You know that annoying guy at work who is always posting on Facebook about what a jerk his boss is? Well, we know a lot of companies have strict policies against it and some are known for firing those employees. However, most companies do not have such policies against their customers speaking ill of them. I will emphasize most because this week brings us an example of a company who apparently does have a policy against customer badmouthing.
The company is Vodafone and the story goes like this - customer gets mad at Vodafone's handling of a legitimate complaint and does what all people do when they have no other options, he posts online.
Finally got Vodafone to admit that across Mumbai they have only 50% cell sites on 3G. Spoke to CEO (chief executive officer) and CMO (chief marketing officer). Told them that this is blatant cheating.
CMO in typical babu style told me if you aren't happy with service, you have choice to move to another operator. I told I choose to stay with Vodafone and give them grief if I don't get promised SLAs. Grudgingly he made 2 months 3G plan free worth 2500.
What was their response? Hit the break to find out.
2011 is going to be a really great year for sony. First,
the PlayStation Network was hacked, then they released financials showing a huge decline and now this: Sony Pictures was hacked. This week's Sony hacking comes to us from a group called Lulz Security. The group is known for hacking into large companies' networks that should know better to demonstrate their believed superiority and to gain information.
In this case, Lulz got out with a list of about 1,000,000 users personal information, including email/password combinations. They claim that their crime was carried out with a simple SQL injection. I am hoping that Sony is smarter than to use security-free platforms for web development, but based on past evidence, I am guessing this is correct. To prove their crime, Lulz released 50,000 email/password combinations in a RAR file, as well as around 20,000 Sony music coupons, plus the admin database for Sony BMG's Belgium offices.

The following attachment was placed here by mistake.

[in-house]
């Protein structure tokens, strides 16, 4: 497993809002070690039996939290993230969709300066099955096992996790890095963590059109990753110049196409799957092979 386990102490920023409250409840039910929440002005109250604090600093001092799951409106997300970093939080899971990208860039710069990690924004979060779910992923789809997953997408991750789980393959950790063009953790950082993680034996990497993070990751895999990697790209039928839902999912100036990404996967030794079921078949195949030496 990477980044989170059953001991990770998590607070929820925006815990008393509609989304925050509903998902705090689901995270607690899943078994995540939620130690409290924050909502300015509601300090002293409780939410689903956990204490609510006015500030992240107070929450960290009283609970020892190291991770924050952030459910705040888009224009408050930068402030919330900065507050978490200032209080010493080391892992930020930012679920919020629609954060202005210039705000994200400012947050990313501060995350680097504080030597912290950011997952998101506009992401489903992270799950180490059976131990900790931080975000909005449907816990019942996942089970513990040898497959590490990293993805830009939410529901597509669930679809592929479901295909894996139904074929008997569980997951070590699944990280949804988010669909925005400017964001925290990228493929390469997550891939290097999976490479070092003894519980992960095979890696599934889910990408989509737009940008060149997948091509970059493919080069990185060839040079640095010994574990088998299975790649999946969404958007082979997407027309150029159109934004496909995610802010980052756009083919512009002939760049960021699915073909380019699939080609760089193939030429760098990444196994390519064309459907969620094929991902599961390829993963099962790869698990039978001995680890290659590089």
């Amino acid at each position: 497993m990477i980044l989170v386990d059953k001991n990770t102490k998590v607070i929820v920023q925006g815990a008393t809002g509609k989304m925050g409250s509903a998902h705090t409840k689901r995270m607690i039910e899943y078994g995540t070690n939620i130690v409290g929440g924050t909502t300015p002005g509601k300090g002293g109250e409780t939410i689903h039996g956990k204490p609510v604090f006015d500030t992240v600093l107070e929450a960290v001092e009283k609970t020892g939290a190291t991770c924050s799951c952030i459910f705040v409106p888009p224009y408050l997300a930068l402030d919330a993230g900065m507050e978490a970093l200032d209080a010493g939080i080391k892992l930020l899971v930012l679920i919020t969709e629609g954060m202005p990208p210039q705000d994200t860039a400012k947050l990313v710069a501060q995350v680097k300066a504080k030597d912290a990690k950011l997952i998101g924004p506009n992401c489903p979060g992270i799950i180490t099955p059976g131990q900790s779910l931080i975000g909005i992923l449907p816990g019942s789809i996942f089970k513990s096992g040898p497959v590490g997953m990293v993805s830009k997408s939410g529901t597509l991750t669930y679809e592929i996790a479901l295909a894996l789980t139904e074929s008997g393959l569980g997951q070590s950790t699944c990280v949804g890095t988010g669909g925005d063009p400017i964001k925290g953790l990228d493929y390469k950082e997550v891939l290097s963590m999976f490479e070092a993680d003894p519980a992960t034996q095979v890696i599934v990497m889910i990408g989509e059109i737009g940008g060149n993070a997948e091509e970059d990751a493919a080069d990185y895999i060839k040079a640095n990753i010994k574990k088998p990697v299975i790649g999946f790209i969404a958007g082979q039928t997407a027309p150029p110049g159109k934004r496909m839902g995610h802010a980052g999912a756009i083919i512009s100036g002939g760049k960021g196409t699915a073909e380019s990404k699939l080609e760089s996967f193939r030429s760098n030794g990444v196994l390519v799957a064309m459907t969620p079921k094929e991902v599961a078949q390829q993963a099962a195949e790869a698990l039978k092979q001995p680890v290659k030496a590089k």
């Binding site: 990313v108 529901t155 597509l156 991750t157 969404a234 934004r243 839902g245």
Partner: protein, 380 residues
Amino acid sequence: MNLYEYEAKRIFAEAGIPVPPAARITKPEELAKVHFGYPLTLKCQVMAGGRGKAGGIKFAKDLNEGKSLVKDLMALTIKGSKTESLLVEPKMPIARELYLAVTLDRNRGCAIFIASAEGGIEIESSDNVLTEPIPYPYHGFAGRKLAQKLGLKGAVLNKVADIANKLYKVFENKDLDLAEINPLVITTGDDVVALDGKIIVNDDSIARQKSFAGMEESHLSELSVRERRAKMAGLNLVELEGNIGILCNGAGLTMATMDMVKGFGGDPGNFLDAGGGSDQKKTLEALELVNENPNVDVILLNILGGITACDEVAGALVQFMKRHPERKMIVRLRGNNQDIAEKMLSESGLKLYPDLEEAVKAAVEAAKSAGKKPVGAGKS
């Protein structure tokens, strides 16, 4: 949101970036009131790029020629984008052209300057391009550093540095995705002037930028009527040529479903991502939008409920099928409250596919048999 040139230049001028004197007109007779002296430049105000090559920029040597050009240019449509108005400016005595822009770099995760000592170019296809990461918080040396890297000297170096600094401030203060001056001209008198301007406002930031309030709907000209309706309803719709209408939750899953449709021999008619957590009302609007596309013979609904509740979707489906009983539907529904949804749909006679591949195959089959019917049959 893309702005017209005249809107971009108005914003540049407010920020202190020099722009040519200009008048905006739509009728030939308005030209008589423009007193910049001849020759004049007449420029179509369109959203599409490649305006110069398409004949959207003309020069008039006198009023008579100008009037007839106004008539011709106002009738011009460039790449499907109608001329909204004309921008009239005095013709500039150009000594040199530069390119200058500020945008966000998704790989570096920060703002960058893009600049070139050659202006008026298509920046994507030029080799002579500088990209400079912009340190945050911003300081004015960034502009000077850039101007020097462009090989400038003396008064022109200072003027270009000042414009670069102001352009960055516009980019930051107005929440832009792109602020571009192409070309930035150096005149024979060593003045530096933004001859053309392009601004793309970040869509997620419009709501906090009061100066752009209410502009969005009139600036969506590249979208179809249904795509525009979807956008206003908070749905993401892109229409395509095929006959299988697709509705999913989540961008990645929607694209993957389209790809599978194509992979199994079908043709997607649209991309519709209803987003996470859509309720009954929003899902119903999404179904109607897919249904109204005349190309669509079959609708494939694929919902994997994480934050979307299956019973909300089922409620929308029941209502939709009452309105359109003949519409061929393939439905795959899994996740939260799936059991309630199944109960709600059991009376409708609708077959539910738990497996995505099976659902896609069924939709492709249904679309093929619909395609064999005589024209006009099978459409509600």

If this does not convince Sony that they are either an antique company that is ready to retire or that they need to start all of their endeavors over from scratch, then I don't know what will. At the very least, this should get them to reevaluate their position in the world. I can't wait to see what they say this week at E3.
As we have proven over the
past few weeks with Sony, hacking is bad. The question is, is hacking always bad? It turns out that the answer is no; hacking is not always bad.
MI6, with help from James Bond, hacked into the computer system for the English-speaking terrorist magazine,
Inspire last year with some pretty amusing results. They took files containing instructions for bomb-making and swapped them with content from the best possible source to infuriate Al Queda - the Ellen DeGeneres show.
What did they publish instead of bombs? Hit the break to find out.
Activision is looking to do something that so far only the PC gaming industry has been successful at: that of course is subscription-based gaming. Now there are some distinct differences between their subscription-based service and that of
World of Warcraft, which serves as a good basis for comparison. If that seems confusing, just ignore the fact that CoD and WoW are on different platforms.
The release of Activision's 'Call of Duty Elite' service is scheduled to launch this fall and will probably coincide with the November 8th release of